Whooping cough is spreading throughout the country, and now the extremely contagious bacterial disease that causes violent coughing is hitting the state of Washington particularly hard.
Numbers released Tuesday showed that whooping cough cases have risen to 549 in 2012. At this time last year, there were 88 pertussis cases in the state, said Tim Church, communications director of Washington's Health department. The annual number of cases will likely exceed the 950 yearly total that the state saw in 2011.
"We're seeing a nasty streak in pertussis cases and we're absolutely concerned about it," Church told ABCNews.com.
Church said kids need to be protected on both sides, and the health department is encouraging all parents and adults to make sure they're up-to-date on their vaccinations.
"The vaccine we get as children typically wears off as an adult," said Church. "You're no longer immune, and, if you do get whooping cough, the folks around you are in danger, as well."
Doctors typically give whooping couch patients five days of antibiotics. Health officials encourage the entire family of the patient to go on antibiotics, as well. But more importantly, get vaccinated, they say. The dTap vaccine, a shot that prevents diphtheria, tetanus and pertussis, is readily available to the public.
Church said the health department is currently on a media blitz to make sure the public is aware of the rising pertussis cases.
"We are working on a radio PSA announcement and aggressively reaching out to media," said Church. "We have had calls with local health departments to make sure we're all on the same page and we're providing additional information to health care providers and centers on the vaccine."
While people of all ages can come down with whooping cough, even if they've been vaccinated, it's particularly dangerous for newborns' systems because they don't have the immunity or vaccine to fight off the infection. Studies show that about 75 percent of newborns that come down with whooping cough get it from a family member. Of all deaths from pertussis between 2004 and 2008, 83 percent were children less than 3 months old.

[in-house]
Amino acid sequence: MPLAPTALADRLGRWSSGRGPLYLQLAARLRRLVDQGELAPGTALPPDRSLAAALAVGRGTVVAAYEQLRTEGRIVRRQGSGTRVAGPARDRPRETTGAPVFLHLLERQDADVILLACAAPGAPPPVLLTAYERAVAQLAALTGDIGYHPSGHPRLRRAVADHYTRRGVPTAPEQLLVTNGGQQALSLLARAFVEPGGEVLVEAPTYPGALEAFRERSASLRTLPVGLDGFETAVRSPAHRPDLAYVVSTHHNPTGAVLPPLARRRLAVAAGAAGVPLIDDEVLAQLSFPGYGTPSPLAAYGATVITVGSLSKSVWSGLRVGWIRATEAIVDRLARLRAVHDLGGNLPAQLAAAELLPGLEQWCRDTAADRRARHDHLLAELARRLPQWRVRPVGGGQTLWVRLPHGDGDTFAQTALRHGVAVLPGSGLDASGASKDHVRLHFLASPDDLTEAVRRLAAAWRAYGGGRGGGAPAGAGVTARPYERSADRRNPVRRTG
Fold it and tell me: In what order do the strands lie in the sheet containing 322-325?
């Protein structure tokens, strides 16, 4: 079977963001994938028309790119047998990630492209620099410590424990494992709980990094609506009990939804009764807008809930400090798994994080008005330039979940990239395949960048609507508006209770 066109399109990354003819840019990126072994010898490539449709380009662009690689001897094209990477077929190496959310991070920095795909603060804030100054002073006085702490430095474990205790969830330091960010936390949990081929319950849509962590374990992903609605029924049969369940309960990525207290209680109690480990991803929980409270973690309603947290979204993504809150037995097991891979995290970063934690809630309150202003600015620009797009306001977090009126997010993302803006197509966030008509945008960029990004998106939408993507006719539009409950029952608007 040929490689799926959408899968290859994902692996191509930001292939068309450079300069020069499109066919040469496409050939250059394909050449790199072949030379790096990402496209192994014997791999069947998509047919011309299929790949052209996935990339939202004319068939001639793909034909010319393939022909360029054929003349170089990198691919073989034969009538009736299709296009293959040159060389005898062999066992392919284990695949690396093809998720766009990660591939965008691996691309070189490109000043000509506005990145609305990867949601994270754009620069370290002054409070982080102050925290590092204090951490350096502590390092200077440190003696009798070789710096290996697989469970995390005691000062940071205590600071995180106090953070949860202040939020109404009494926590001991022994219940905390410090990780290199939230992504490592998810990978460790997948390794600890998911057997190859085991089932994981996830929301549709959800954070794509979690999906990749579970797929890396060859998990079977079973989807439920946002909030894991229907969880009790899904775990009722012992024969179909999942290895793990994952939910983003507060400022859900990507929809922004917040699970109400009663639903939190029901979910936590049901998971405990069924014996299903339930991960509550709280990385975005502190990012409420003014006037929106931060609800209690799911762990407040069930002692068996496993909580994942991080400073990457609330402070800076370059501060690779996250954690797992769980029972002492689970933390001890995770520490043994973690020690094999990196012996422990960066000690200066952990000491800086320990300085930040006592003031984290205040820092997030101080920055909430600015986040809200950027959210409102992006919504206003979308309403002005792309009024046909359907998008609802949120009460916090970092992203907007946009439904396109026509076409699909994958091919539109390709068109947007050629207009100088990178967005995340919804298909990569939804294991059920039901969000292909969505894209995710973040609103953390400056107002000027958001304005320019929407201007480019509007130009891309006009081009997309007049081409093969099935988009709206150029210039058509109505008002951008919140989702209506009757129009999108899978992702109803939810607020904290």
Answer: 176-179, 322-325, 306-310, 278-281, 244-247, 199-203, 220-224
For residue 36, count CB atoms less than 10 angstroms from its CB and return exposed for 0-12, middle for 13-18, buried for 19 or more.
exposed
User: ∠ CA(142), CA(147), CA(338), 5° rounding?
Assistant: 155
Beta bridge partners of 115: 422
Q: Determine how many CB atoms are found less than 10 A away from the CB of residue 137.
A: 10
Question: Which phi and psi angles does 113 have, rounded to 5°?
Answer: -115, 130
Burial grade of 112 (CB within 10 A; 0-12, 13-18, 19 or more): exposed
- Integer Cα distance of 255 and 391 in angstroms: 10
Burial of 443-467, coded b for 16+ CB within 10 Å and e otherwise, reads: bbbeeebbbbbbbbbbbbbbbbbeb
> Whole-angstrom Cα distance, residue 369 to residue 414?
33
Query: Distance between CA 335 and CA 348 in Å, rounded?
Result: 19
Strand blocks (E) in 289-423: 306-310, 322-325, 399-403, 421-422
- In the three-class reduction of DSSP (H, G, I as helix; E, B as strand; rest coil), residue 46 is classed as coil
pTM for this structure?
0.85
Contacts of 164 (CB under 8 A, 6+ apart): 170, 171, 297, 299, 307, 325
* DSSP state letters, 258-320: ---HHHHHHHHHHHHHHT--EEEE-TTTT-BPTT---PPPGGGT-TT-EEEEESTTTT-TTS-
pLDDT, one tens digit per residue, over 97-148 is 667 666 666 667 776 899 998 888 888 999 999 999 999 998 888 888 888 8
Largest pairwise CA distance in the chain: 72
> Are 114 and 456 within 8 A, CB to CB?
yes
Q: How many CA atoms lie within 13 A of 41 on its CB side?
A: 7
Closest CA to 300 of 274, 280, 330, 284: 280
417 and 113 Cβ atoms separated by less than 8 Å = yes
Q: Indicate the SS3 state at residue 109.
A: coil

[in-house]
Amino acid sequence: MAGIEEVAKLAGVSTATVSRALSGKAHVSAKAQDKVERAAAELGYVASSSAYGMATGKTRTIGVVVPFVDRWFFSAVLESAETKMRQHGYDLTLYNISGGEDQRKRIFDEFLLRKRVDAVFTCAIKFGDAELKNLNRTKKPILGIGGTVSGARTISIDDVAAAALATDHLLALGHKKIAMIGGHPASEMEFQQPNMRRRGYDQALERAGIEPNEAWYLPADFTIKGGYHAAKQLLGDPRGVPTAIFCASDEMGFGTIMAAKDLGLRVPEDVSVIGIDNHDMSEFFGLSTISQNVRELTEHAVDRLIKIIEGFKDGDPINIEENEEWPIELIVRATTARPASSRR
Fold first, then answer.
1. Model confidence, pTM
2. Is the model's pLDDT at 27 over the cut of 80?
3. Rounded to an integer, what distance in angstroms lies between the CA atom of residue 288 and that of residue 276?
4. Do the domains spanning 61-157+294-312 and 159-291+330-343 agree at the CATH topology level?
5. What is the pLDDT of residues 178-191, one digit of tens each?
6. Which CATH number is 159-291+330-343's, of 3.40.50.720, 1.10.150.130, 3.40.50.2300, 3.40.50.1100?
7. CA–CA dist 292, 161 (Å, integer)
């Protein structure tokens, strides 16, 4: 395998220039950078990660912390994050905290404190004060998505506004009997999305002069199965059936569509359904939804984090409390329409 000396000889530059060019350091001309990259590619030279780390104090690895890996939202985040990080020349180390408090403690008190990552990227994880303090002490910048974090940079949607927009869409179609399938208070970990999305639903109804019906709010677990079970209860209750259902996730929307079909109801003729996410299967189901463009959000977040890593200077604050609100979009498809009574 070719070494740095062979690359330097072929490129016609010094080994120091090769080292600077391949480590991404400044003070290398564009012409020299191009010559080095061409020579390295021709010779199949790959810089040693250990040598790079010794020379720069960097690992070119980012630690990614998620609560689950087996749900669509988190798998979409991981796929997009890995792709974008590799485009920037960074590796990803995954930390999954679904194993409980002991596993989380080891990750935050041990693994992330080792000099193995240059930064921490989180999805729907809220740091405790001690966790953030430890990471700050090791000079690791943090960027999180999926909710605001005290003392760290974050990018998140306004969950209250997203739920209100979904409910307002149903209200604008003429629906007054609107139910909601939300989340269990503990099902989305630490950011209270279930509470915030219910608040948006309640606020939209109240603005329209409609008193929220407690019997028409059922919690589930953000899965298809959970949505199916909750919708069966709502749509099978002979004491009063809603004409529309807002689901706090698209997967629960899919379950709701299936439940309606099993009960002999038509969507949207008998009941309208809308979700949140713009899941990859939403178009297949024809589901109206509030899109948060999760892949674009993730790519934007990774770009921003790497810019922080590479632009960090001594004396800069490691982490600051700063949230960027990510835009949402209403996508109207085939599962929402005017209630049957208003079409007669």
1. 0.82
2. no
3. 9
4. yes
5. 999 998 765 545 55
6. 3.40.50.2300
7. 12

Because of the high rate of whooping cough in infants, the Centers for Disease Control and Prevention recently recommended that pregnant mothers get vaccinated with dTap.
"The mother then passes her antibodies to the baby before they are born, and this helps protect the baby against getting whooping cough prior to the time that the infant gets the first three doses of the vaccine," Dr. Jon Abramson, chair of the advisory committee on immunization practices of the CDC, told ABCNews.com in December.
An Associated Press report released in November found that more parents have opted out of school vaccines for their kids. The AP reported that the reasons for declining vaccines varied. Some doubted the need for vaccines, others feared adverse effects and other parents said it's easier to check a box opting out of the shots, rather than go through the necessary paperwork and time.
While anti-vaccine activists argue that there is not enough sound research for vaccination advocacy, Dr. Mark Sawyer, a professor of pediatrics at University of California at San Diego, said that vaccines are actually the best-studied medical intervention. Their safety is well understood because of scientists' ability to track adverse effects of people who receive various vaccines.
"Those studies are going on all the time scanning for rare vaccine reactions," Sawyer told ABCNews.com in December. "By doing so, we now know that vaccines do not cause autism and they do not cause other serious problems. Although any vaccine can have side effects, in all cases the risk of getting the disease is much greater than the risk of a serious side effect from the vaccine designed to prevent that disease."